On July 23, 2017, the last mass was held at the Church of St. Veronica (149 Christopher Street, between Greenwich and Washington Streets). The church was built in the 1890s and completed in 1903 by Irish longshoremen and platform workers who labored on the nearby docks. The Gothic Revival church was built with an unusual oval shape to maximize space for up to 6,500 parishioners in its heyday (the church’s exterior is landmarked.) The church rectory has housed the Missionaries of Charity, Mother Theresa’s order of nuns. Wearing the distinctive habit, one of the nuns is playing the organ. The church is now closed.
The AIDS Memorial was established at the church in 1991. Along the base of the first balcony are hundreds of small plaques bearing the names of those who died. At a time when many churches were insensitive to those who died of AIDS, Father Kenneth Smith, who pastored St. Veronica’s from 1990 to 2001 and is now a retired Monsignor, opened the church to interfaith services for, as he put it, “Protestants, Jews, and those without religion [for whom] we might say prayer before carrying the ashes to the river.”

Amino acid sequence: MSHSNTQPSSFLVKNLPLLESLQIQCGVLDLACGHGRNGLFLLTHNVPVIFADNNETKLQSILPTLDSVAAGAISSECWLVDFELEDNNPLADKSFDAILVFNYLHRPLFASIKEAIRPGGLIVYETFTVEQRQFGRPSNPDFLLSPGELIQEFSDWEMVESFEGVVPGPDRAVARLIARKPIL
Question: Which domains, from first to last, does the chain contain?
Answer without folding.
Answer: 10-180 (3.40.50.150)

There is an effort underway to save the church both as a place of worship and a concert hall in the hopes of creating a multipurpose spiritual space to further enrich community life. Text and photo by Melinda Holm.